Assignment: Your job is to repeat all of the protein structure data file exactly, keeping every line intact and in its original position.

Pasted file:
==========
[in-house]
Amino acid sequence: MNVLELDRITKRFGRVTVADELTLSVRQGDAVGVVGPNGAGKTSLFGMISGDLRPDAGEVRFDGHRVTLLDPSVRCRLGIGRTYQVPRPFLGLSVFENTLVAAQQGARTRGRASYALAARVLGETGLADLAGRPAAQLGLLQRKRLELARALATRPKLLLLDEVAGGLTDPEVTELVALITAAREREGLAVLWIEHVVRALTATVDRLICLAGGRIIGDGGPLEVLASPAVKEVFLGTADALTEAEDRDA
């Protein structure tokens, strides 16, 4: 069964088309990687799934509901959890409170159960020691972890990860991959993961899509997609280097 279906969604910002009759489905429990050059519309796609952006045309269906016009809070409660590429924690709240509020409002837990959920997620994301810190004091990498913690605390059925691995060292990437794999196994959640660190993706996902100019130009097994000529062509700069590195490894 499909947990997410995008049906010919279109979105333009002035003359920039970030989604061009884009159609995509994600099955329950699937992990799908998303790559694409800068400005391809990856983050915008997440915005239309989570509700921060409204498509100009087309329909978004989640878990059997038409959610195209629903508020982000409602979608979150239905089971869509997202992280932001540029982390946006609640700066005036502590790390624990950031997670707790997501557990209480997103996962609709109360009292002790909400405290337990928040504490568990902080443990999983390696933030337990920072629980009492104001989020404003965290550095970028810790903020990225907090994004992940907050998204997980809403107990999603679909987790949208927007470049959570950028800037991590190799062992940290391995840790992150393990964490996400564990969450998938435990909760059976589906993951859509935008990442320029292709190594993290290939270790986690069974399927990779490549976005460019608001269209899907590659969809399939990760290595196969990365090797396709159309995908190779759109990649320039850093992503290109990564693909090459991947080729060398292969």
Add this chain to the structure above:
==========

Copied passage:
[in-house]
Amino acid sequence: MNVLELDRITKRFGRVTVADELTLSVRQGDAVGVVGPNGAGKTSLFGMISGDLRPDAGEVRFDGHRVTLLDPSVRCRLGIGRTYQVPRPFLGLSVFENTLVAAQQGARTRGRASYALAARVLGETGLADLAGRPAAQLGLLQRKRLELARALATRPKLLLLDEVAGGLTDPEVTELVALITAAREREGLAVLWIEHVVRALTATVDRLICLAGGRIIGDGGPLEVLASPAVKEVFLGTADALTEAEDRDA
């Protein structure tokens, strides 16, 4: 069964088309990687799934509901959890409170159960020691972890990860991959993961899509997609280097 279906969604910002009759489905429990050059519309796609952006045309269906016009809070409660590429924690709240509020409002837990959920997620994301810190004091990498913690605390059925691995060292990437794999196994959640660190993706996902100019130009097994000529062509700069590195490894 499909947990997410995008049906010919279109979105333009002035003359920039970030989604061009884009159609995509994600099955329950699937992990799908998303790559694409800068400005391809990856983050915008997440915005239309989570509700921060409204498509100009087309329909978004989640878990059997038409959610195209629903508020982000409602979608979150239905089971869509997202992280932001540029982390946006609640700066005036502590790390624990950031997670707790997501557990209480997103996962609709109360009292002790909400405290337990928040504490568990902080443990999983390696933030337990920072629980009492104001989020404003965290550095970028810790903020990225907090994004992940907050998204997980809403107990999603679909987790949208927007470049959570950028800037991590190799062992940290391995840790992150393990964490996400564990969450998938435990909760059976589906993951859509935008990442320029292709190594993290290939270790986690069974399927990779490549976005460019608001269209899907590659969809399939990760290595196969990365090797396709159309995908190779759109990649320039850093992503290109990564693909090459991947080729060398292969």
Add this chain to the structure above: